He affirmed that, “Those whose turn it is are ready to take the step,” but he held that the solutions should be found among everyone.  He proposed “the creation of think tanks; that’s to say, groups for reflection and analysis, and for the design of potentials.  In this way taking advantage of the talent that we’ve created and that wander around here, sometimes serving meals in the cafeterias.”

However, Guevara seems to discard the thought of any dialogue with dissidents and émigrés: “What I cannot accept is the counterrevolution, because to allow an active counterrevolutionary force is to accept suicide,” he told the students.

He accepts the application of a Chinese economic model but qualified this by saying as long as it does not sacrifice generations of Cubans: “We have already sacrificed ourselves enough, and I’m not referring to us who are older, but of all those who are coming behind us – you.”

Guevarra told the journalism students that the Cuban press “is very poor, it’s not convincing” and he asked “where are the new examples in our journalism; I don’t know how much work it will take the professors here to quote a contemporary paradigm in our journalism.”

He recognized that not everything is the journalists’ fault, because for a new form of journalism to emerge “all the idiots have to disappear, all the imbeciles and all the ignoramuses that hold positions today.  It’s necessary to struggle for that.”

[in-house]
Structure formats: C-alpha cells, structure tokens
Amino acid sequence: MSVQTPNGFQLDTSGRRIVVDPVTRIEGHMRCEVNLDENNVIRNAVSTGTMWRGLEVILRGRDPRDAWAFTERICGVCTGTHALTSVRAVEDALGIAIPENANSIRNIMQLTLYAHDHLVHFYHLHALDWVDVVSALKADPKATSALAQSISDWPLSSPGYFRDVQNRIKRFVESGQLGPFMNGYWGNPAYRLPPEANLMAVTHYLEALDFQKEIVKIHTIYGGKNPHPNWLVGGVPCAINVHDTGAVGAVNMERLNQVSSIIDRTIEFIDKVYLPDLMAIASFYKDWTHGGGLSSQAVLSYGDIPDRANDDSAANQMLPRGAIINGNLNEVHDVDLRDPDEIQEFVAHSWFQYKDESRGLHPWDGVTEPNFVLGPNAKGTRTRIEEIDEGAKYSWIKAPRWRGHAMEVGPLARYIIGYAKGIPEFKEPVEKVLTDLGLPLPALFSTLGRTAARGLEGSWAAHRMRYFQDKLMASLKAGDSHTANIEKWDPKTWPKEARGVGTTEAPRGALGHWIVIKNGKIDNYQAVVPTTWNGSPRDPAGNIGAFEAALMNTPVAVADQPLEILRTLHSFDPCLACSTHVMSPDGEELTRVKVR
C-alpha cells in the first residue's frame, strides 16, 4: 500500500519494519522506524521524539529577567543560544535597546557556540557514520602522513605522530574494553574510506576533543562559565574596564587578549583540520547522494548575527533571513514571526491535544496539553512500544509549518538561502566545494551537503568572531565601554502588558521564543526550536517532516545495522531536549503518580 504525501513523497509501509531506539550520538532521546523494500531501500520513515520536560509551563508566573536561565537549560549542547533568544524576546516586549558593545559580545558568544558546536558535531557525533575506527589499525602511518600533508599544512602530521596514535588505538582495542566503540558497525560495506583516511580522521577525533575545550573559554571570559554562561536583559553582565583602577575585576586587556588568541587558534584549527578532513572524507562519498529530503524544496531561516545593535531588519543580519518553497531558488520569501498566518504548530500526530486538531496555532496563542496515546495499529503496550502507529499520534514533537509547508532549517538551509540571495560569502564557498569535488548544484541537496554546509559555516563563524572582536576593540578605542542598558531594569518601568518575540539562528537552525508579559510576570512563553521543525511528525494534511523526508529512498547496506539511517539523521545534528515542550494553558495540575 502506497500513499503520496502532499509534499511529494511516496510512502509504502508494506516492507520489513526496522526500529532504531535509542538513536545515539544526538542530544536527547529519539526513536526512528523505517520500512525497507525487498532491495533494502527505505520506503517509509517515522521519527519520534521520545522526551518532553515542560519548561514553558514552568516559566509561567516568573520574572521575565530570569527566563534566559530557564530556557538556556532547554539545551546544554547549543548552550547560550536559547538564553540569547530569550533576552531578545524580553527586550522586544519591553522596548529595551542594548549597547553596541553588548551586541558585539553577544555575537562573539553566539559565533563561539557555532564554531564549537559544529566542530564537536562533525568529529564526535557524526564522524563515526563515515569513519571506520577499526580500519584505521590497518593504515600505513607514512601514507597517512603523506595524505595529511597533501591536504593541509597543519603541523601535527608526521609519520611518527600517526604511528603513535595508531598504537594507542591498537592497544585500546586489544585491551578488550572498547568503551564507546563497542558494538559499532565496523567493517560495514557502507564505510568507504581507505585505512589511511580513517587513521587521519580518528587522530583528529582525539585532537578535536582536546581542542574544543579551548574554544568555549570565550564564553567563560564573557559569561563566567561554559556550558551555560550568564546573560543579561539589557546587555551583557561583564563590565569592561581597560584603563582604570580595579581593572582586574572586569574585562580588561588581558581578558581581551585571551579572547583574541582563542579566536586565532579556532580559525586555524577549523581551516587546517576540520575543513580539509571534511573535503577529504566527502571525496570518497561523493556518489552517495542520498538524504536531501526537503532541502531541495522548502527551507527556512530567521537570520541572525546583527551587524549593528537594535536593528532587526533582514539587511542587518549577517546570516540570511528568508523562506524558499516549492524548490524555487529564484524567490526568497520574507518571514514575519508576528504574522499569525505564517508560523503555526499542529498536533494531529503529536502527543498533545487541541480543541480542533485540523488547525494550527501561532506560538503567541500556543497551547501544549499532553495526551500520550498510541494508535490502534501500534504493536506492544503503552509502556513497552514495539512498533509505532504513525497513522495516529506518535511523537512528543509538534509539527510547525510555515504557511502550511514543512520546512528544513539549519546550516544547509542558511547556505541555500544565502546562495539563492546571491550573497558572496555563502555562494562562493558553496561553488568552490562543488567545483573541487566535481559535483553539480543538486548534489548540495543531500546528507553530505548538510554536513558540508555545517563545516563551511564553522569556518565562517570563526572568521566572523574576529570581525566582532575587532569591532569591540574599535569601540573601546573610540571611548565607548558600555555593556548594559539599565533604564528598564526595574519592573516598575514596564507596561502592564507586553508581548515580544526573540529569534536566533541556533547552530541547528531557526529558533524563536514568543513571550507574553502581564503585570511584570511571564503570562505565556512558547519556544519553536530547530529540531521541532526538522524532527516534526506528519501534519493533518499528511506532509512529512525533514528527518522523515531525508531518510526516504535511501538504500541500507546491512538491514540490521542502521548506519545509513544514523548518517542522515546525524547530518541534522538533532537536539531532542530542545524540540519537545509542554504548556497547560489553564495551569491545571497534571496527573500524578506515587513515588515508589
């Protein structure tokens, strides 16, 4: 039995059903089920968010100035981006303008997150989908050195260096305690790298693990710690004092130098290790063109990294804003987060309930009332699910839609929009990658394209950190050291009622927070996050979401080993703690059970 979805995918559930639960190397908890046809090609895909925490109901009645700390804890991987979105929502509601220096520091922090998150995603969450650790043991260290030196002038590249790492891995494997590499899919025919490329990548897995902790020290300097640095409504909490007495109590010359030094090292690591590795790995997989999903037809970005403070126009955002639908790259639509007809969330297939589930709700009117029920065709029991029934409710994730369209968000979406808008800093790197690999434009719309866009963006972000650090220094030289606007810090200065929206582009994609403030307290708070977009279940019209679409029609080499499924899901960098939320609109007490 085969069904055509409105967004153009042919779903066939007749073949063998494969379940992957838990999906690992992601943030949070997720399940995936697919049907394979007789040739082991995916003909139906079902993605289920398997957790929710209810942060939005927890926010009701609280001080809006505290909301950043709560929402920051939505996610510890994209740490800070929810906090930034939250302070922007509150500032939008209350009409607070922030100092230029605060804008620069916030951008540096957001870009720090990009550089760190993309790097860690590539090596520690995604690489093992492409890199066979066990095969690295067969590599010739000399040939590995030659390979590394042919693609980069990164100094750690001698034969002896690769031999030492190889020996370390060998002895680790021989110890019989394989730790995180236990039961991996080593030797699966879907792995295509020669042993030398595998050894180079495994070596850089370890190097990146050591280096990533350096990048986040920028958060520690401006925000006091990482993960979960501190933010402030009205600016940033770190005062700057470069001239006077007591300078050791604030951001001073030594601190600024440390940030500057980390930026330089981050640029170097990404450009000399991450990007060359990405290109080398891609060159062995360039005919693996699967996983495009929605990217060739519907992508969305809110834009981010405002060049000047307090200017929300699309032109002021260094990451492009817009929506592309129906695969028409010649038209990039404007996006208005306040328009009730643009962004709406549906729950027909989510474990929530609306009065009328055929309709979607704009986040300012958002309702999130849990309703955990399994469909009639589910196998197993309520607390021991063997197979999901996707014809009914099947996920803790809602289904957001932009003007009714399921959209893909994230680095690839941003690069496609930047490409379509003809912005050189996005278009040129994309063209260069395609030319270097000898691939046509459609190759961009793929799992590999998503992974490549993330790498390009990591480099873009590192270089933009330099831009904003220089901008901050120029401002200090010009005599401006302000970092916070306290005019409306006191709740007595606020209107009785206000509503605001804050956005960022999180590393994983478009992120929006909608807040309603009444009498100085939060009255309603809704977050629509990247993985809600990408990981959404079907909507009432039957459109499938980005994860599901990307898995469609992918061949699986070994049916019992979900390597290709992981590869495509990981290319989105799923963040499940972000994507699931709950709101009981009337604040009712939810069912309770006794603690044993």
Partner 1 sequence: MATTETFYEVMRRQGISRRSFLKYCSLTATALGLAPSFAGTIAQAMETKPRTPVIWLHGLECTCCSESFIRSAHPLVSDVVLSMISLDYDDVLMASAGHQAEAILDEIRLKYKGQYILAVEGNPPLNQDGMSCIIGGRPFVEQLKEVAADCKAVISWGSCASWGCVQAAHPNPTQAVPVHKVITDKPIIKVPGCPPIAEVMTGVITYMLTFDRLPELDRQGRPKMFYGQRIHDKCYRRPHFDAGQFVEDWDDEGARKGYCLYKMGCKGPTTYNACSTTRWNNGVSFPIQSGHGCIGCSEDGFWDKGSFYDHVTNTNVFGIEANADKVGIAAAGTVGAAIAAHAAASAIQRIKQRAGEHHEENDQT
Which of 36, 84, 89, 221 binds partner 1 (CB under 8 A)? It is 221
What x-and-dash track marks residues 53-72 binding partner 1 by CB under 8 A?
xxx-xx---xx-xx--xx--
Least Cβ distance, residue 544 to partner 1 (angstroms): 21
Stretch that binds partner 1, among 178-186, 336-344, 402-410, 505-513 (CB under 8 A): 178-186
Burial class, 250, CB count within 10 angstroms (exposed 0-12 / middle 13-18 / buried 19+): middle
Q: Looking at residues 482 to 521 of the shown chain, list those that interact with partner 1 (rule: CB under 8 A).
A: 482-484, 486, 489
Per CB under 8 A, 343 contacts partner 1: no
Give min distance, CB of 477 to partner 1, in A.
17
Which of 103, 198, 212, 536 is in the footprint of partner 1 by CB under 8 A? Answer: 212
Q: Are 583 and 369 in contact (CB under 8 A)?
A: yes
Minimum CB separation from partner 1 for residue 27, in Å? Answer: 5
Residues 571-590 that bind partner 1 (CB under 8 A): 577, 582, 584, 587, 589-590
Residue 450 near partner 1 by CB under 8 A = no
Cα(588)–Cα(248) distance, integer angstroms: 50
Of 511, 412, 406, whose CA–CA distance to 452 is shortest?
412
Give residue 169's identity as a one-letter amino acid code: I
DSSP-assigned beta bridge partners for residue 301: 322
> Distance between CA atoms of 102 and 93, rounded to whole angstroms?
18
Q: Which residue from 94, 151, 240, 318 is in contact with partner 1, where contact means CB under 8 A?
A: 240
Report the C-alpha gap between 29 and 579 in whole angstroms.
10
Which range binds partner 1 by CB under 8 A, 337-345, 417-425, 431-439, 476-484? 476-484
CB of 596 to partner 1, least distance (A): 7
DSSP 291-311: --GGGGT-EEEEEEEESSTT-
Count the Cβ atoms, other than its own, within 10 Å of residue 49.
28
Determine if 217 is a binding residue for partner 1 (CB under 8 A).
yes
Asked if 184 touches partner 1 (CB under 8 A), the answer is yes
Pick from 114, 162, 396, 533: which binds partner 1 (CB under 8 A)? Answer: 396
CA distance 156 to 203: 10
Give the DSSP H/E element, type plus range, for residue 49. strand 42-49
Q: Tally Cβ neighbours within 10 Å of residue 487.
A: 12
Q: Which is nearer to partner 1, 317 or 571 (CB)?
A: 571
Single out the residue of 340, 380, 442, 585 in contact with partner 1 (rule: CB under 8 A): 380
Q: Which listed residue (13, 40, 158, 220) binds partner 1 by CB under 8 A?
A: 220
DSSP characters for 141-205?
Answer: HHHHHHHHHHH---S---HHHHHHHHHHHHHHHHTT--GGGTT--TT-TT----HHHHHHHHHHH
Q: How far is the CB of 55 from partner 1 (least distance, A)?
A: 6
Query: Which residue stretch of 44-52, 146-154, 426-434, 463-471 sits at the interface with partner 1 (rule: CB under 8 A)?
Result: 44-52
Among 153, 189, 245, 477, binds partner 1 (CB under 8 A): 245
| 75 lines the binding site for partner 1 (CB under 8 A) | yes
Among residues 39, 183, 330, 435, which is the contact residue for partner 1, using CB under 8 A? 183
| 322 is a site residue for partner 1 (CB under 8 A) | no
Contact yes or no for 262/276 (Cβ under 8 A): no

Nonetheless, his vision of this profession also seems highly politicized when he asserts that “only from activism —which is what I call passion and passionate partiality— can one, in my opinion, do true journalism.”

The statements of Alfredo Guevara, Silvio Rodriguez, Esteban Morales, Pedro Campos and many other intellectuals exhibit a fundamental political and psychological shift: for the first time in a half century, revolutionary Cubans are openly expressing their criticism without feeling that by doing so they are “collaborating with the enemy.”

The debate is coming out of the Revolution’s “own channels” and the disappearance of the sacrosanct unanimity has not caused chaos nor broken the country’s unity.  To the contrary, if it continues to widen, it could mark the first steps toward a true “battles of ideas” over the future of the nation.

An authorized translation by Havana Times (from the Spanish original) published by BBC Mundo.

29 thoughts on “Cuba’s Battle of Ideas

  • July 9, 2010 at 4:35 am

    Well said, Michael.

    May I say in agreement that yes, both private monopoly capitalism and state monopoly socialism do waste human potential . . . Oh, so much waste! Only a socialist cooperative republic, in Cuba, the U.S. and each country can change that. Cheers.

    And a tip of the hat to all the contributors of the symposium. This is the type of dialogue we need in abundance.

  • July 9, 2010 at 2:40 am